The first hint that something odd is in the works comes during a teacher meeting where the faculty discusses the students and their grades in sometimes brutally honest fashion. The camera keeps cutting to a shot of two students laughing and sitting in the room, which I instantly found odd. Surely this couldn't happen...students wouldn't be allowed to attend what should be a private, confidential meeting where their peers are being criticized so harshly, right?
The idea was so ridiculous, I was convinced one of two things were at work: two scenes were being intercut, or it was a dream sequence with some weird French twist that was lost on my American mind. But no--the two students are "class reps" that get to sit in on these proceedings (?!), leading to an incident that feels far too theatrical for this otherwise subdued film. Mr. Marin does something that feels so out of character, it partially ruins the rest of the story. While a disciplinary hearing raises some interesting food for thought, it also points out the film's earlier error: someone in the hearing objects at a conflict of interest with one of the participants (making it all the more difficult for me to accept that students would be allowed to sit on such a candid teacher meeting).
Additionally, the film becomes more about one student and the others become lost. A powerful arc with Khoumba disappears, and you're left wanting more with everyone else. I also wish the film gave more attention to some of the supporting students, who supply some of the more memorable moments. (I was once a quiet student in a rowdy classroom, and know how frustrating it is to get lost in the antics of flashy classmates.)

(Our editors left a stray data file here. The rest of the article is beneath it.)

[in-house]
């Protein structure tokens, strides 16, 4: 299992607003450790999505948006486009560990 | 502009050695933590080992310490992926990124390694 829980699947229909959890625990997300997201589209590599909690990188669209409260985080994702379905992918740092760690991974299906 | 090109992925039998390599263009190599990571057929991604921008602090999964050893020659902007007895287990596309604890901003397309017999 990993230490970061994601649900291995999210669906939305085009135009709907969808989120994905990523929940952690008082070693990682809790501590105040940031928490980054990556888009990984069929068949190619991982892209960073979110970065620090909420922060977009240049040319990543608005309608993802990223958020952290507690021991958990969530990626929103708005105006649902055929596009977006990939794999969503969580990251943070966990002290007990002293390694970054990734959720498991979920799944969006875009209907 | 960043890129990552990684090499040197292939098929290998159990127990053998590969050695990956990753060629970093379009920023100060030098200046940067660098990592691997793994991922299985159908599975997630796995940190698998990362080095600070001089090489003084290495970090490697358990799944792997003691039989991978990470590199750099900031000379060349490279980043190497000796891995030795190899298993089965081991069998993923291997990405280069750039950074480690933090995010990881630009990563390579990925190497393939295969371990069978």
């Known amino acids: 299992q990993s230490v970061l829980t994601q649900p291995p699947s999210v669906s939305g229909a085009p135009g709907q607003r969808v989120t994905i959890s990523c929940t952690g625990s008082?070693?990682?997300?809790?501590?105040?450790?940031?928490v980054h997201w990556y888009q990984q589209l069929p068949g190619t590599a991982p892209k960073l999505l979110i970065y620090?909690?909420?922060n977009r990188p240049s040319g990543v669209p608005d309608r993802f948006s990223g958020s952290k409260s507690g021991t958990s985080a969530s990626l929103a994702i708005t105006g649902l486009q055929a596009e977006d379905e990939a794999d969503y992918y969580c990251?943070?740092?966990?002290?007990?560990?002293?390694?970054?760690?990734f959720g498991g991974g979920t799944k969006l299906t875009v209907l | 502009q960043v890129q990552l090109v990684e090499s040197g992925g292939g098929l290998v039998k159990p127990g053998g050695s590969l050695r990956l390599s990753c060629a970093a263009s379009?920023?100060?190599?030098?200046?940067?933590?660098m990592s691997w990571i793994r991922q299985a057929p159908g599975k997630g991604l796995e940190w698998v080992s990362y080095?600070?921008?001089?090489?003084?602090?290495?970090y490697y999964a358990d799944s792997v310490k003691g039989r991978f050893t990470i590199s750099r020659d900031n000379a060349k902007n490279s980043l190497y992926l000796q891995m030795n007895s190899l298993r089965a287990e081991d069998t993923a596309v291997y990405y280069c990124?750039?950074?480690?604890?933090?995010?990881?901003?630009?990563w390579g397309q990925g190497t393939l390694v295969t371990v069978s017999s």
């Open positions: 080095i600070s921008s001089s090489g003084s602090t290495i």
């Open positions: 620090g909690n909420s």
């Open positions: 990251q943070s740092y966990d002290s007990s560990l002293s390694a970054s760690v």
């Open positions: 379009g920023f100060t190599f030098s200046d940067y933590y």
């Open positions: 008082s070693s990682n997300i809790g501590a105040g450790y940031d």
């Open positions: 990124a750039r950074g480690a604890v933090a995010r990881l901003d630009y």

But The Class recovers, and one final exchange between Mr. Marin and a shy student is a powerful exclamation point. Even with the film's odd misstep, it's still a stimulating work that makes you think about the current state of the educational system (of which I am certainly no expert) and makes you care about its characters. The performances are all solid--especially the likeable Bégaudeau, who could easily have an acting career if he so desired. I'm also surprised that even with the cultural differences, the basic themes and problems raised here apply to the American education system. (Although I'm certain that in the United States, a teacher wouldn't entertain a discussion about his or her sexuality for even a second.)
At its core, The Class is a film about compassion, respect and patience, and it gives you hope that it's possible to help seemingly disadvantaged and disillusioned kids find their passion and run with it. The film's most powerful moment is etched in the face of Souleymane, who is reduced to silence and a smile when he realizes that his teacher's encouragement is genuine. It's a lesson that not only stays with the student, but with us as well.
"We're not settling scores...we want to improve things."
The 2.35:1 anamorphic transfer gets the job done; in keeping with the documentary feel, the picture looks raw and realistic and doesn't have rich colors or super sharp lines--there's a dull pallor that lingers over most of the film. The subtitles were a little too jagged for my tastes, but that's a minor quibble.